If there’s something wrong, someone should take notice, because girls don’t get down for no reason at all. There has to be a reason. Maybe it’s that her pet died the other day. Perhaps she missed an event she had her heart set on going to, and it didn’t happen. Maybe she feels ignored. Take time to find out what‘s wrong, and comfort the student, daughter or friend. Help her out. She won’t forget your kindness.

“Girls often face a range of social pressures in schools, causing them to shift priorities… in school, the desire for friends, a disinclination to stand out, fear of ridicule, along with the need for acceptance, often impel gifted girls to make their abilities appear ordinary or even nonexistent. One parent observed: ‘My daughter has become very, very shy and doesn’t want to stand out in any way. As a result, she’s reluctant to express information that would indicate that she knows anything beyond what’s asked of her.’” (Joan Franklin Smutny, Open Space Communications, Understanding Our Gifted, Winter 1999 Volume 11 No. 2 pp. 9-13)

For some gifted girls, a one-on-one tutorship with the teacher may be just what they need. In a room with only the student and teacher, a gifted girl may be more open to asking questions. If her friends are around, she might otherwise get teased for “being smart”.
Try giving gifted students some time to be creative in their classes. If they have the chance to do their own thing, they’ll be much more interested in the class itself. Besides, if there’s a dozen different ways to learn the same idea, you’ll reach all of the different learning forms.
Each student has their own, unique style that they like to input information. Usually, they can be put into three different categories: Auditory Learners, Visual Learners, and Kinesthetic Learners. Simply put, they learn by listening, watching, or doing. All of these can be challenges to suffice, but each student will get more out of their classes, and connect better with the subjects.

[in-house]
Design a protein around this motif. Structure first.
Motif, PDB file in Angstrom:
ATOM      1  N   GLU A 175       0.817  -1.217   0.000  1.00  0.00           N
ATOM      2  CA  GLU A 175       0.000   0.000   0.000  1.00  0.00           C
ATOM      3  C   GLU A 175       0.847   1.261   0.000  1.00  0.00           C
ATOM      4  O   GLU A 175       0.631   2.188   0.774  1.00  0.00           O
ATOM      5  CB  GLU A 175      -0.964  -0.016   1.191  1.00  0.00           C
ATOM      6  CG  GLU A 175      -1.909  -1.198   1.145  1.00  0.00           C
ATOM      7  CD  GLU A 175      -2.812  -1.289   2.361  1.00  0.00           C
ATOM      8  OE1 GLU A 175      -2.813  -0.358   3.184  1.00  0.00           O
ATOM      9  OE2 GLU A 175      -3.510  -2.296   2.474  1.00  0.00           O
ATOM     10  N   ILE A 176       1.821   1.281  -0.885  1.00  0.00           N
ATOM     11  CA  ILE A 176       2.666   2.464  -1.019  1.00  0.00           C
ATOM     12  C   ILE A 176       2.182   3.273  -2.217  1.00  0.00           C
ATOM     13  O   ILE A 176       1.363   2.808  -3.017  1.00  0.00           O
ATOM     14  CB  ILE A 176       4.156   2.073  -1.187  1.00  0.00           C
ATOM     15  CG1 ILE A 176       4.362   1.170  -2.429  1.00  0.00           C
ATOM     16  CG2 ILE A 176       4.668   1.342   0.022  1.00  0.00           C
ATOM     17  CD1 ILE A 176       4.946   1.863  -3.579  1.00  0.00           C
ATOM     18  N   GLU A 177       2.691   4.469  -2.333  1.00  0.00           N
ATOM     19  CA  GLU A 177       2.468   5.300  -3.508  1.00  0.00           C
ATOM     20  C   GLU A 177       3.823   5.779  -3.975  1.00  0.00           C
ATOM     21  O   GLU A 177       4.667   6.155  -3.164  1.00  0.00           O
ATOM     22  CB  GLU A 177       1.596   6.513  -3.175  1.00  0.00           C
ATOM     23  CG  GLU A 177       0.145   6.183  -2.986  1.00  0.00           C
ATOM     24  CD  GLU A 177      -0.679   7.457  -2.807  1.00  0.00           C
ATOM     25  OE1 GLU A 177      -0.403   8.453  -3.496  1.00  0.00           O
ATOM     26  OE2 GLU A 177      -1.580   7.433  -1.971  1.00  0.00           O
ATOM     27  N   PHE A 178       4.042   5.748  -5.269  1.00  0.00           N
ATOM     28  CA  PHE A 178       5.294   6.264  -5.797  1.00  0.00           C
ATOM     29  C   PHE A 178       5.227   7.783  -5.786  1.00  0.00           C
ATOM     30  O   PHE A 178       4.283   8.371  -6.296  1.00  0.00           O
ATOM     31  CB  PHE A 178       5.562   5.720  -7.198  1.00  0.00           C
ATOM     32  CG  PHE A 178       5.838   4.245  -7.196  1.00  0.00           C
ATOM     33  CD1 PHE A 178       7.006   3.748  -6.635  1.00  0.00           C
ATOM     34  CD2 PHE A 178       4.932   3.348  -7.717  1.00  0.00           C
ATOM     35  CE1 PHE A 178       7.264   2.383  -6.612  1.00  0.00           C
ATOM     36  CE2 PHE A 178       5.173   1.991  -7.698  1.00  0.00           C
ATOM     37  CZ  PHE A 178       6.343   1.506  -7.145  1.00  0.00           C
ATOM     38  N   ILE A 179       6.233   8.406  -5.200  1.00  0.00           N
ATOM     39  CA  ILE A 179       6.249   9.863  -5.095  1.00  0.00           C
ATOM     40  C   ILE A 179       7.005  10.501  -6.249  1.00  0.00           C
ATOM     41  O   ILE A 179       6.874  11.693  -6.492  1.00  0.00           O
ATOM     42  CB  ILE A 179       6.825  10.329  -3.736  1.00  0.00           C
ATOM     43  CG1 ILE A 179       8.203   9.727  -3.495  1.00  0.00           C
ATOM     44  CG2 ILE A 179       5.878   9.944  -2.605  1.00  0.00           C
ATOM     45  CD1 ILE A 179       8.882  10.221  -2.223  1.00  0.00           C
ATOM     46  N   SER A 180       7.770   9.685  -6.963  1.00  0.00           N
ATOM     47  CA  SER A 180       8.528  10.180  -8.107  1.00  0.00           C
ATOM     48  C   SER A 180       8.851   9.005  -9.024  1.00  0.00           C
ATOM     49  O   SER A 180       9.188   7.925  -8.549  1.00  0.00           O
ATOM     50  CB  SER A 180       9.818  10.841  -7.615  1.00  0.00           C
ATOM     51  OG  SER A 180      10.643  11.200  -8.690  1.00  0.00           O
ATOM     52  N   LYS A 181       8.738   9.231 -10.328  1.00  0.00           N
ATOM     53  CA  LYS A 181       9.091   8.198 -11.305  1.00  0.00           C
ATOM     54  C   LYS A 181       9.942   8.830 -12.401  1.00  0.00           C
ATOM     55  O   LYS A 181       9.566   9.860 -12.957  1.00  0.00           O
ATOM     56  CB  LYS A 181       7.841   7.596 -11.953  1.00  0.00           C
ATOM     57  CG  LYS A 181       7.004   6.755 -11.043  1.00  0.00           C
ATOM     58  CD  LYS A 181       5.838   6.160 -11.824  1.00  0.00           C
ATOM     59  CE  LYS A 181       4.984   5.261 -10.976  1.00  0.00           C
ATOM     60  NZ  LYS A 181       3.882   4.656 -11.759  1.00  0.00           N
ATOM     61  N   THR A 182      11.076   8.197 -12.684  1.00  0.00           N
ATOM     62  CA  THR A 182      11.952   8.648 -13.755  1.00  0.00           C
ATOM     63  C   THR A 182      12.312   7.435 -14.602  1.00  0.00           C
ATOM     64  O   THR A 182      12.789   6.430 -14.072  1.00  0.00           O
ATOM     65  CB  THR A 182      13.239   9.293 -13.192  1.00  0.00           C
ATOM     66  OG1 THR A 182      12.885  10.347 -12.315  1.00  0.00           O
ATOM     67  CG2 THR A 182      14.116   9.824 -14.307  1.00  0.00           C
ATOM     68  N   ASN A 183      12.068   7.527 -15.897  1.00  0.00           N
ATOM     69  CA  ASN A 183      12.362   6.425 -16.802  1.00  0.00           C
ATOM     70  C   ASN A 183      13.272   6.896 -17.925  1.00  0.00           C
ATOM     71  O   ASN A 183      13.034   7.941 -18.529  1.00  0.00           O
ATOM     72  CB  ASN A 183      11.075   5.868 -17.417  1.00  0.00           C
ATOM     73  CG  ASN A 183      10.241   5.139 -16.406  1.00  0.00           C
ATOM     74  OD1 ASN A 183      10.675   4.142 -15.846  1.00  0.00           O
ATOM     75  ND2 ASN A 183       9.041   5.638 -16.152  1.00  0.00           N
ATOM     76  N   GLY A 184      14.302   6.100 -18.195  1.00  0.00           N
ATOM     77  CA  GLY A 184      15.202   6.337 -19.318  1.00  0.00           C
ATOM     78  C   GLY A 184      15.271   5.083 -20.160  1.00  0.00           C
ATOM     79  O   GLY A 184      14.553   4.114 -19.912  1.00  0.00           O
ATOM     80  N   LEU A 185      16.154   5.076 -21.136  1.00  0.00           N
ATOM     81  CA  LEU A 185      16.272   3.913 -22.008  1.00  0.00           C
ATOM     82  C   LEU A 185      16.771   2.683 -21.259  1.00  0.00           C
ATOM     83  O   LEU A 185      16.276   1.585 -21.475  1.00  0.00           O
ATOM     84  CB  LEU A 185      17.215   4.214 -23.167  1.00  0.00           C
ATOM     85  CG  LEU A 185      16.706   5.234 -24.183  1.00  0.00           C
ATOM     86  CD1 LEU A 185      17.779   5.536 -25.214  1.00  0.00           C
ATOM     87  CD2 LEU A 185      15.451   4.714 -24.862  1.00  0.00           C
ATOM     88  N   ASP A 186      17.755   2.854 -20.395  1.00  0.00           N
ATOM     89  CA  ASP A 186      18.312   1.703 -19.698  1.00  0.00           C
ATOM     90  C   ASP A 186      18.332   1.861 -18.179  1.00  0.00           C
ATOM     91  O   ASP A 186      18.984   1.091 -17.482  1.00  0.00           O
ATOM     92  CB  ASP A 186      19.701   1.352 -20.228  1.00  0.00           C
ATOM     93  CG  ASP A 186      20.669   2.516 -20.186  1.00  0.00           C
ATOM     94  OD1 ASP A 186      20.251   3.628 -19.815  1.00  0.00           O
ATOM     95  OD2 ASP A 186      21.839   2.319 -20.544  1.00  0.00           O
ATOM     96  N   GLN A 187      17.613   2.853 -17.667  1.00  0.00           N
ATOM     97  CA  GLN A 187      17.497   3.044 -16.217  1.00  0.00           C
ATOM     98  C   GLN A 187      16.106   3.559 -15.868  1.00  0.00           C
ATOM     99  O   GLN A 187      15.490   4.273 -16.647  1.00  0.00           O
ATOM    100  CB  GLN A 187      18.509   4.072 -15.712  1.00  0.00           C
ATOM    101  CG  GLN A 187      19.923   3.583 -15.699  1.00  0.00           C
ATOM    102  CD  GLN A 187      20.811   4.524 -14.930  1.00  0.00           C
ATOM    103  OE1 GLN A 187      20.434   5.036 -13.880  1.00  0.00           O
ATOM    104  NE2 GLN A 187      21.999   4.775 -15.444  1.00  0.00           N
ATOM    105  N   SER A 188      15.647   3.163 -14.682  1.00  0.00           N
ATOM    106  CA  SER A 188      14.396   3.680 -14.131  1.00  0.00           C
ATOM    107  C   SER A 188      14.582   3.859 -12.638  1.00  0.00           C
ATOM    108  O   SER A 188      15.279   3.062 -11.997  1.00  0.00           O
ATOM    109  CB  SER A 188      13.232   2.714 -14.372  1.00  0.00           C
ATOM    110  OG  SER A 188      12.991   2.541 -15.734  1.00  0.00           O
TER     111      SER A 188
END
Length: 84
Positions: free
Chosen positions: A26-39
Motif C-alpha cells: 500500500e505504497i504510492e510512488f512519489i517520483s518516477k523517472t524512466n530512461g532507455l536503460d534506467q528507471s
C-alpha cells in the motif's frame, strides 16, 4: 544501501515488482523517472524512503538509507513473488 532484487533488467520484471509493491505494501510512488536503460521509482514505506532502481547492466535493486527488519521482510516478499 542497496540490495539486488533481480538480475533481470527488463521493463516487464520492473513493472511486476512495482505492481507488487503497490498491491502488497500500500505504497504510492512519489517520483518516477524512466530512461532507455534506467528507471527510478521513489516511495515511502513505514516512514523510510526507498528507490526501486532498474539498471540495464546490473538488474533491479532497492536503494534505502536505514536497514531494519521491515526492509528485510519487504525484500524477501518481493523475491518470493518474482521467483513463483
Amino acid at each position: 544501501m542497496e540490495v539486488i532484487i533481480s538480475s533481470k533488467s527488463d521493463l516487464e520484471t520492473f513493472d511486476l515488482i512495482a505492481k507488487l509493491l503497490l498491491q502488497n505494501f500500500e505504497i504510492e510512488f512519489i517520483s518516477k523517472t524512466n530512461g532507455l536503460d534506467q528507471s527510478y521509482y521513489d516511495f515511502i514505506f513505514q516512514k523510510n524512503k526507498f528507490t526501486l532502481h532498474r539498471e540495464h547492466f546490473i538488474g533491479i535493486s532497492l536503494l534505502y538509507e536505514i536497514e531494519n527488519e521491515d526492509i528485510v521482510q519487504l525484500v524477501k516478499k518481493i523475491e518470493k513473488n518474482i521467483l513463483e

Recently there was an act passed through Congress, called the No Child Left Behind Act. The No Child Left Behind Act determines that the schools should teach towards the intelligence levels of their “low performing” students. An article in the Washington Post put it this way:

“These parents are fleeing public schools not only because, as documented by a recent University of Chicago study, the act pushes teachers to ignore high-ability students through its exclusive focus on bringing students to minimum proficiency. Worse than this benign neglect, No Child forces a fundamental educational approach so inappropriate for high-ability students that it destroys their interest in learning, as school becomes an endless chain of basic lessons aimed at low-performing students.”

Isn’t that lovely?

TIP: Students often talk among themselves about their teachers. They gripe and moan, but they also rave. Can you imagine being the teacher that everyone wants to get?

More than anything, gifted girls just want someone to understand. They want someone who will see the person they’re hiding and do whatever they can to bring the hidden identity to the light and make them feel okay. They want to feel special and secure, not out floating on air, by themselves, alone.
It’s not a happy word, is it?